Crime & Justice

LAPD to release more details on 'Grim Sleeper' arrest

Police and local residents gather near the house of Lonnie Franklin Jr., 57, in South Los Angeles.
Police and local residents gather near the house of Lonnie Franklin Jr., 57, in South Los Angeles.
Bianca Ramirez/KPCC

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The LAPD has scheduled an 11 a.m. news conference Thursday to provide more details on the arrest of a former police mechanic on charges that he’s the infamous “Grim Sleeper” serial killer. Police arrested Lonnie David Franklin Jr., 57, outside his South L.A. home, where many neighbors described him as “friendly” and “sweet.”

Police say Franklin killed at least 10 women – seven in the late 1980s and three more from 2002 to 2007. They say he might be responsible for one more death in 2001. That gap of more than a decade between murders is what earned the killer the moniker “Grim Sleeper.”

All of the victims were African-American, all but one was a woman and several were prostitutes. Investigators say Franklin sexually assaulted most of the victims and often dumped their bodies in alleys just south of downtown.

The arrest came as a relief to Diane McQueen, whose niece Janecia Peters was the last known victim three years ago.

“Well it was an overwhelming feeling. But it was mostly joy," McQueen said. "I feel justice, I feel like something is really being done today. I thank God for it. And I’ve been talking to Jesus all day. And I appreciate the L.A. Police Department.”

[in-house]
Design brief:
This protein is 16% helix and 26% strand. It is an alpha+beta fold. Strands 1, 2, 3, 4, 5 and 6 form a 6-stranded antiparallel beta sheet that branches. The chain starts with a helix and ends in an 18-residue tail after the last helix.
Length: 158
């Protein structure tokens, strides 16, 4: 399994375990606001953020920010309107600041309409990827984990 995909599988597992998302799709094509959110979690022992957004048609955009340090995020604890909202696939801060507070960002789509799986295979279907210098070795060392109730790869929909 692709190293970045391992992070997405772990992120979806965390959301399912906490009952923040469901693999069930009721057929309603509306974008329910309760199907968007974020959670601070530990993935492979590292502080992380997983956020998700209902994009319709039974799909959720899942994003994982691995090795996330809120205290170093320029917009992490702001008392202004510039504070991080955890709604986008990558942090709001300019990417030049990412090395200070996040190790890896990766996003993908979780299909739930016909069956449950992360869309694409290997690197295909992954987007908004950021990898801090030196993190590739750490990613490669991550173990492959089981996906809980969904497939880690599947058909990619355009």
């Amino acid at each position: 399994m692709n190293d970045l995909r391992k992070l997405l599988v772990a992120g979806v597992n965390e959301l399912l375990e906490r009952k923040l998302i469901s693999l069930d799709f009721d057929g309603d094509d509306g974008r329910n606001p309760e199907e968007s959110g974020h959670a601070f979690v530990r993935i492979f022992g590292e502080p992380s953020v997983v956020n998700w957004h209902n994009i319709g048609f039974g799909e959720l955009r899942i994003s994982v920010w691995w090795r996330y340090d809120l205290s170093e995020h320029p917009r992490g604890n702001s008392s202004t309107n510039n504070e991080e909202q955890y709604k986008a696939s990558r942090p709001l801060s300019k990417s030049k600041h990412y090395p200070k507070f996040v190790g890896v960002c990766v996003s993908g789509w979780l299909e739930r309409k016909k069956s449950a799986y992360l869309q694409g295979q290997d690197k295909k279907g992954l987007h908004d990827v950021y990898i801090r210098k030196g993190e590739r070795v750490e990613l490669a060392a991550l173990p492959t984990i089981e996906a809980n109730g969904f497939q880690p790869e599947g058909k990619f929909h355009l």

Franklin reportedly worked for LAPD at one time. The L.A. Weekly’s Christine Pelisek, who’s reported extensively on the case, said he fixed police cars at the 77th Street Division.

“That is very significant because the 77tth Division detectives were the ones handling most of the cases back in the '80s," Pelisek said. "So he would have been working with the guys that were searching for the killer."

Police said they identified Franklin as the killer using a rare “familial” DNA search. That’s when investigators only partially match DNA collected at crime scenes with someone in the state database.

Pelisek says in this case, it led them to Franklin’s son, who’s doing time in state prison.

“They were skeptical because of the fact that he was too young during the killings in the '80s," she said. Pelisek said sources told her that detectives spoke with the son. "I’m not sure whether he just said – 'Ya know, my father lives on Western Avenue, or near Western Avenue.’ I’m not sure how it played out."

District Attorney Steve Cooley told the Los Angeles Times that investigators obtained a piece of discarded pizza with Franklin’s DNA to positively identify him as the “Grim Sleeper.”

Outside Franklin’s home, neighbors expressed shock at his arrest. Many described him to Channel 9 as a friendly and helpful local car mechanic.

“Just worked on cars. He appeared to be such a nice guy... every time you see him, he is always minding his own business," said one neighbor.

Pelisek, of the L.A. Weekly, said the arrest of Franklin may put to rest a case that’s long bothered LAPD detectives.

“This is huge for the LAPD."

She said many victims' families long complained about the department's handling of the case.

"Family members were very angry at them because they didn’t tell anybody that there was a serial killer hunting their daughters along Western Avenue.”

Franklin faces a special circumstance allegation of multiple murders, which makes him eligible for the death penalty.